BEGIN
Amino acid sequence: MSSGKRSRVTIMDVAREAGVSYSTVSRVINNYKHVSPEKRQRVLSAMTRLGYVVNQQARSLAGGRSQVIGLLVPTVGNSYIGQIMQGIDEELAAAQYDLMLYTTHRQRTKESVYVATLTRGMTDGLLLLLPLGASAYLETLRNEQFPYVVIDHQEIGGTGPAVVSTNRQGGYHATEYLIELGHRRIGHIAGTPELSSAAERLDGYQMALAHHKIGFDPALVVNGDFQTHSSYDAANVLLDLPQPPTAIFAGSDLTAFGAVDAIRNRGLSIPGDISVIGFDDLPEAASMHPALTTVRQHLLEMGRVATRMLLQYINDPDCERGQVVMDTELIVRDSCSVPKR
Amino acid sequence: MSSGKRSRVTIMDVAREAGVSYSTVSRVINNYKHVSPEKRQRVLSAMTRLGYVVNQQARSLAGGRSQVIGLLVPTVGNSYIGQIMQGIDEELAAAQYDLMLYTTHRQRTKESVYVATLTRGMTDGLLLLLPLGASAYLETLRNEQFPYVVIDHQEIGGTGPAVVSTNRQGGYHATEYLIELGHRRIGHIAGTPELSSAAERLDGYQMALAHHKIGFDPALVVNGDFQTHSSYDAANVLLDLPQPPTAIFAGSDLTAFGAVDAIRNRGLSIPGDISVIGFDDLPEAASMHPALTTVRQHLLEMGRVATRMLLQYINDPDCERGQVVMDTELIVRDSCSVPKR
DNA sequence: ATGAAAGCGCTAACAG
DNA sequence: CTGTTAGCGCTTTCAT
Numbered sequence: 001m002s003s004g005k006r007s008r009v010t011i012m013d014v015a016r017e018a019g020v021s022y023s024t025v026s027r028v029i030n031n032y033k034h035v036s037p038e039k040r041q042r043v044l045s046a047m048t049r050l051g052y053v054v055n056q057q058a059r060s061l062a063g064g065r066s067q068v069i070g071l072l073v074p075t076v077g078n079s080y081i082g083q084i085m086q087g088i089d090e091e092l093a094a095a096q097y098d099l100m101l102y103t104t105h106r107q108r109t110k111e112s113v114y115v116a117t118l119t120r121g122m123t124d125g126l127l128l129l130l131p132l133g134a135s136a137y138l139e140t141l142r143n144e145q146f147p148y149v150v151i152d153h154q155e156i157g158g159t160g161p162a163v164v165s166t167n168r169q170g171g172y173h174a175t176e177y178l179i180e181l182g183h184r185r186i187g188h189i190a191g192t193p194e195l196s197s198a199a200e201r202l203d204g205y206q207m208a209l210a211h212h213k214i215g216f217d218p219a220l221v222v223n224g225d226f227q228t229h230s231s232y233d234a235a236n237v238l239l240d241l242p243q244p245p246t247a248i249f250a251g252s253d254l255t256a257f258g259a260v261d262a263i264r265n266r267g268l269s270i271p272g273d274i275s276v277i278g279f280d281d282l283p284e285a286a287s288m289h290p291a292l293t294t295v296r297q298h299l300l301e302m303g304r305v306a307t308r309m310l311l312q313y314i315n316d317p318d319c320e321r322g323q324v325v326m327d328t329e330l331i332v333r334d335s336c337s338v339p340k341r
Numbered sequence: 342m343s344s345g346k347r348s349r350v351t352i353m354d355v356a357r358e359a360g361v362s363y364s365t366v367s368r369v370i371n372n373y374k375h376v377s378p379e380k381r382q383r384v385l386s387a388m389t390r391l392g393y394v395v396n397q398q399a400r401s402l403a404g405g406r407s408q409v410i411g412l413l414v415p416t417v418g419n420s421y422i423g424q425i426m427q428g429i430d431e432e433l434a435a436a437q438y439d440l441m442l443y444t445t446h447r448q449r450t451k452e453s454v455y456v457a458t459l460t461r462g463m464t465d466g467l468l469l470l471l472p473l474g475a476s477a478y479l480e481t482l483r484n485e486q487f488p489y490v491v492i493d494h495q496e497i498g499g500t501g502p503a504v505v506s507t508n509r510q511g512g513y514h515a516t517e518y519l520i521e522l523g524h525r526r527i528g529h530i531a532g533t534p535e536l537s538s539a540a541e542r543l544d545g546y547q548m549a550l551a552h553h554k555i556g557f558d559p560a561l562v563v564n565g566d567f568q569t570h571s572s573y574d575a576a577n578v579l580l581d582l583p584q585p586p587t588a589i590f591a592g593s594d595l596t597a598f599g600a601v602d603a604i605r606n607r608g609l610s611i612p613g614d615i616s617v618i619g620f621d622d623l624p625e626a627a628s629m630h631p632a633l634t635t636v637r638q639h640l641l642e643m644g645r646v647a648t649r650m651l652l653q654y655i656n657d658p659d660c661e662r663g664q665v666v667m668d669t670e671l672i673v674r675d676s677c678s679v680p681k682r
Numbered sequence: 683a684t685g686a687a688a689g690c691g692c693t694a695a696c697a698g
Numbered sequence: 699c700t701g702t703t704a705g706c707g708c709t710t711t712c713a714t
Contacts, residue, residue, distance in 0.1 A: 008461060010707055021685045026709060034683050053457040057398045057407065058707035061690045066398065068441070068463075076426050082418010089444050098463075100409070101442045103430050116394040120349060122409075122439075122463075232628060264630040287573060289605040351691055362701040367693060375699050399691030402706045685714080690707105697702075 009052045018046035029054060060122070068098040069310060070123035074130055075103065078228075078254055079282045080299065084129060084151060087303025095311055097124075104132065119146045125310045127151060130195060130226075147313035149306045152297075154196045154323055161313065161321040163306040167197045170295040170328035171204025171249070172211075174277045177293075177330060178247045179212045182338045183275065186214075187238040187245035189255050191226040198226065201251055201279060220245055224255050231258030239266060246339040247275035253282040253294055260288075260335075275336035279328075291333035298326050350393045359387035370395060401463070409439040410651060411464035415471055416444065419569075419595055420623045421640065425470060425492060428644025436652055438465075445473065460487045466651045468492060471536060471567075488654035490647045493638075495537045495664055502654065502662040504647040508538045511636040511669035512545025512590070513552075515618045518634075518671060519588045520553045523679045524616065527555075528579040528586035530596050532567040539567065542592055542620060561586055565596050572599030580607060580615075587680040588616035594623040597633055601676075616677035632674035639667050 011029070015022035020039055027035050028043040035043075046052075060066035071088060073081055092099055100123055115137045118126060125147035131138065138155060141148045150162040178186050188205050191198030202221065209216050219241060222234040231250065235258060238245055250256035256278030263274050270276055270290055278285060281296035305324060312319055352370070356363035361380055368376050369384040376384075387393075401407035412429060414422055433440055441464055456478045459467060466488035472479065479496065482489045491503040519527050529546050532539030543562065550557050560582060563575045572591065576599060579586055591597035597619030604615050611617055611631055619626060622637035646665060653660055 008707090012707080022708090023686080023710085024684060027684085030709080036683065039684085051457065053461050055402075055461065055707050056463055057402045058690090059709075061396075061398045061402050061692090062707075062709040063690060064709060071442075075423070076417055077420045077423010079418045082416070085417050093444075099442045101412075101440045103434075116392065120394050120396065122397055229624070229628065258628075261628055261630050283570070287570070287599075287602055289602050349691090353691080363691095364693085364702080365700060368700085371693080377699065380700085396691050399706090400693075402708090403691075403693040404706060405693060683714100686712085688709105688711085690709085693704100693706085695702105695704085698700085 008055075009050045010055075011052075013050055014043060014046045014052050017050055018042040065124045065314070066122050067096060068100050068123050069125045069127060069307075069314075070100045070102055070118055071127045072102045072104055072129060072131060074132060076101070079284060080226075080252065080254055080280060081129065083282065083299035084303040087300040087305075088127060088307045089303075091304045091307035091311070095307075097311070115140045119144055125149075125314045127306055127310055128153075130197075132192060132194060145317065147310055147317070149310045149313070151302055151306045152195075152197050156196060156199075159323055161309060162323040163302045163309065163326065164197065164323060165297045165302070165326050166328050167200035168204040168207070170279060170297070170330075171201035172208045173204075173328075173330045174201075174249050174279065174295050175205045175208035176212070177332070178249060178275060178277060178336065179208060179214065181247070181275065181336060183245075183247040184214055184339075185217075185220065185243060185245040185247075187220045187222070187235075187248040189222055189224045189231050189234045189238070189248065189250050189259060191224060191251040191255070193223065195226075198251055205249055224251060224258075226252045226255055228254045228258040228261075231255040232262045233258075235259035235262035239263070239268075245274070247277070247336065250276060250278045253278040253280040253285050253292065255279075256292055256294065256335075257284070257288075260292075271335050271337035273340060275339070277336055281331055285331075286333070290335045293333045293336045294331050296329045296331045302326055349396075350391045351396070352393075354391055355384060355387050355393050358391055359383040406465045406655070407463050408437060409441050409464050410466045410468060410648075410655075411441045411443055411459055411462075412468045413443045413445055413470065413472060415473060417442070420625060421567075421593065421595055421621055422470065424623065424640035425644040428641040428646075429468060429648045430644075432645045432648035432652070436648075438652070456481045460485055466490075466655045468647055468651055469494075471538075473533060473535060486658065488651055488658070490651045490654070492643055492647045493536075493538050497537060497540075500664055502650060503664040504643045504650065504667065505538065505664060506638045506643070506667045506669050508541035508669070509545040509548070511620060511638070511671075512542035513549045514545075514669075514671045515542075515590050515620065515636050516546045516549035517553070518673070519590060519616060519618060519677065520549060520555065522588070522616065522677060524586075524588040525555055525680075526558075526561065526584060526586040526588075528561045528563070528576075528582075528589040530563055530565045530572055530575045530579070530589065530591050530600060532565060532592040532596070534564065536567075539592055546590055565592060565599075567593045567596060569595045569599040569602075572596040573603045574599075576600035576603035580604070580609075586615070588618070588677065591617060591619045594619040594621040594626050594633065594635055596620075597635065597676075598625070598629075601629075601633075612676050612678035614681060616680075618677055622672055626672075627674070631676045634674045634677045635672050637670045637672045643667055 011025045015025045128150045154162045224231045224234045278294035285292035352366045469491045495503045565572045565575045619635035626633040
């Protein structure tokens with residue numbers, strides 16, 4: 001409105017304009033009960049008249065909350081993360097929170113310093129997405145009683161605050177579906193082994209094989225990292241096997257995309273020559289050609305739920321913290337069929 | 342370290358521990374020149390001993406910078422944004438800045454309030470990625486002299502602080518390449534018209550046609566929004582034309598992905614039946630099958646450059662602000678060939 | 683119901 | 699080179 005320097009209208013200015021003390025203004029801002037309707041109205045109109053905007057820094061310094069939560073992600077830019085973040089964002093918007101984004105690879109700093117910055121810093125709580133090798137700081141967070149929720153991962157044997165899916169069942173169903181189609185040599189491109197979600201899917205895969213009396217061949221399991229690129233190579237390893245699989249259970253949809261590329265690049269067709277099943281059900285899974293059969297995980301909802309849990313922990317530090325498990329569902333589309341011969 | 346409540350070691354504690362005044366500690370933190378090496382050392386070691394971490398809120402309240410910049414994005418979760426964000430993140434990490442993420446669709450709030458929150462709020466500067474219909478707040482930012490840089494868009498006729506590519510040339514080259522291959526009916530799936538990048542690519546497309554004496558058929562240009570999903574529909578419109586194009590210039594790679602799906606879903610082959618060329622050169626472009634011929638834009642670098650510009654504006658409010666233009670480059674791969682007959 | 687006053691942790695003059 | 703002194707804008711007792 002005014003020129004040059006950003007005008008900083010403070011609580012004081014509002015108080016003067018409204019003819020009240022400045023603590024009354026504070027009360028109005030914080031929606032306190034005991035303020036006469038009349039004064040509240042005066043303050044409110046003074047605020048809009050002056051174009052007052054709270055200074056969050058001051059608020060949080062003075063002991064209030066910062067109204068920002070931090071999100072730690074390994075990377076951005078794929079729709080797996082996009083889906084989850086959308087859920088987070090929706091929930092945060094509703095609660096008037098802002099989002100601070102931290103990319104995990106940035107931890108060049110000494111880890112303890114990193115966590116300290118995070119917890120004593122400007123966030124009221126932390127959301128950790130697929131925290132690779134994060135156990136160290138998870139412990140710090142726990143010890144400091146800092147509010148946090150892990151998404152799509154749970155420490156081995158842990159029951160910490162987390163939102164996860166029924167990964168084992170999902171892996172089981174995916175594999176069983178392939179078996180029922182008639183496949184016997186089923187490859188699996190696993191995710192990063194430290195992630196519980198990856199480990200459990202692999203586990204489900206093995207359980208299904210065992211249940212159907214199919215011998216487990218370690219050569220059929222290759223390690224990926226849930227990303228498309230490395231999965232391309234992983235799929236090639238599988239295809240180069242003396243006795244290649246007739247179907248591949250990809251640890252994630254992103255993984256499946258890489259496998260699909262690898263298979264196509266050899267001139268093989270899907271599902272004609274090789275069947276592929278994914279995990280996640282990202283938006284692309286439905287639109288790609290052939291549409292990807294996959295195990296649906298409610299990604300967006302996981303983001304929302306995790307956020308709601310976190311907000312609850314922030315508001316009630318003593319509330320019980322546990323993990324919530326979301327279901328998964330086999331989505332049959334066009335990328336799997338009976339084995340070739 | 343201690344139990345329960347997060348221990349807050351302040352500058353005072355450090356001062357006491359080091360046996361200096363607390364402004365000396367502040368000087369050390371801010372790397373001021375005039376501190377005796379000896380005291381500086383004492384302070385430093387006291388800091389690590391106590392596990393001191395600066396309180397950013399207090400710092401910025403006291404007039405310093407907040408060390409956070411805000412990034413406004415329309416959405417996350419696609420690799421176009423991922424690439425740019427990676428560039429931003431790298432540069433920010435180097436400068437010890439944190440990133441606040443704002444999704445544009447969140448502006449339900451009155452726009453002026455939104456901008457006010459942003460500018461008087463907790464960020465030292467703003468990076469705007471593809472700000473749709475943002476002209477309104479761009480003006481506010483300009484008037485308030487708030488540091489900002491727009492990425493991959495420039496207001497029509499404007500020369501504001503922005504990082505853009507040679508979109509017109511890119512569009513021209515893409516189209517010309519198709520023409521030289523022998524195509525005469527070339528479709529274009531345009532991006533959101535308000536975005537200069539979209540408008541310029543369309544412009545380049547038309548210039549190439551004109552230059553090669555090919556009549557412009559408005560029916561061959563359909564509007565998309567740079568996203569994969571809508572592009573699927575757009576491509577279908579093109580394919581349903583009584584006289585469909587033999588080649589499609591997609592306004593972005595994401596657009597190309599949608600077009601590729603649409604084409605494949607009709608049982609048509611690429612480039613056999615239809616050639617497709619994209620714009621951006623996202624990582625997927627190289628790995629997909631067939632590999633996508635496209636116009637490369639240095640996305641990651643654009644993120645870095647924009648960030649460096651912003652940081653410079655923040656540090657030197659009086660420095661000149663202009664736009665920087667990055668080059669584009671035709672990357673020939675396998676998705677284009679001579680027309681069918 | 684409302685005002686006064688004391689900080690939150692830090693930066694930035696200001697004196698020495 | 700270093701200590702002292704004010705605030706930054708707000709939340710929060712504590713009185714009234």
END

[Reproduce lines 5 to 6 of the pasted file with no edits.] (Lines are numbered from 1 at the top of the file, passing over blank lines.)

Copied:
Numbered sequence: 001m002s003s004g005k006r007s008r009v010t011i012m013d014v015a016r017e018a019g020v021s022y023s024t025v026s027r028v029i030n031n032y033k034h035v036s037p038e039k040r041q042r043v044l045s046a047m048t049r050l051g052y053v054v055n056q057q058a059r060s061l062a063g064g065r066s067q068v069i070g071l072l073v074p075t076v077g078n079s080y081i082g083q084i085m086q087g088i089d090e091e092l093a094a095a096q097y098d099l100m101l102y103t104t105h106r107q108r109t110k111e112s113v114y115v116a117t118l119t120r121g122m123t124d125g126l127l128l129l130l131p132l133g134a135s136a137y138l139e140t141l142r143n144e145q146f147p148y149v150v151i152d153h154q155e156i157g158g159t160g161p162a163v164v165s166t167n168r169q170g171g172y173h174a175t176e177y178l179i180e181l182g183h184r185r186i187g188h189i190a191g192t193p194e195l196s197s198a199a200e201r202l203d204g205y206q207m208a209l210a211h212h213k214i215g216f217d218p219a220l221v222v223n224g225d226f227q228t229h230s231s232y233d234a235a236n237v238l239l240d241l242p243q244p245p246t247a248i249f250a251g252s253d254l255t256a257f258g259a260v261d262a263i264r265n266r267g268l269s270i271p272g273d274i275s276v277i278g279f280d281d282l283p284e285a286a287s288m289h290p291a292l293t294t295v296r297q298h299l300l301e302m303g304r305v306a307t308r309m310l311l312q313y314i315n316d317p318d319c320e321r322g323q324v325v326m327d328t329e330l331i332v333r334d335s336c337s338v339p340k341r
Numbered sequence: 342m343s344s345g346k347r348s349r350v351t352i353m354d355v356a357r358e359a360g361v362s363y364s365t366v367s368r369v370i371n372n373y374k375h376v377s378p379e380k381r382q383r384v385l386s387a388m389t390r391l392g393y394v395v396n397q398q399a400r401s402l403a404g405g406r407s408q409v410i411g412l413l414v415p416t417v418g419n420s421y422i423g424q425i426m427q428g429i430d431e432e433l434a435a436a437q438y439d440l441m442l443y444t445t446h447r448q449r450t451k452e453s454v455y456v457a458t459l460t461r462g463m464t465d466g467l468l469l470l471l472p473l474g475a476s477a478y479l480e481t482l483r484n485e486q487f488p489y490v491v492i493d494h495q496e497i498g499g500t501g502p503a504v505v506s507t508n509r510q511g512g513y514h515a516t517e518y519l520i521e522l523g524h525r526r527i528g529h530i531a532g533t534p535e536l537s538s539a540a541e542r543l544d545g546y547q548m549a550l551a552h553h554k555i556g557f558d559p560a561l562v563v564n565g566d567f568q569t570h571s572s573y574d575a576a577n578v579l580l581d582l583p584q585p586p587t588a589i590f591a592g593s594d595l596t597a598f599g600a601v602d603a604i605r606n607r608g609l610s611i612p613g614d615i616s617v618i619g620f621d622d623l624p625e626a627a628s629m630h631p632a633l634t635t636v637r638q639h640l641l642e643m644g645r646v647a648t649r650m651l652l653q654y655i656n657d658p659d660c661e662r663g664q665v666v667m668d669t670e671l672i673v674r675d676s677c678s679v680p681k682r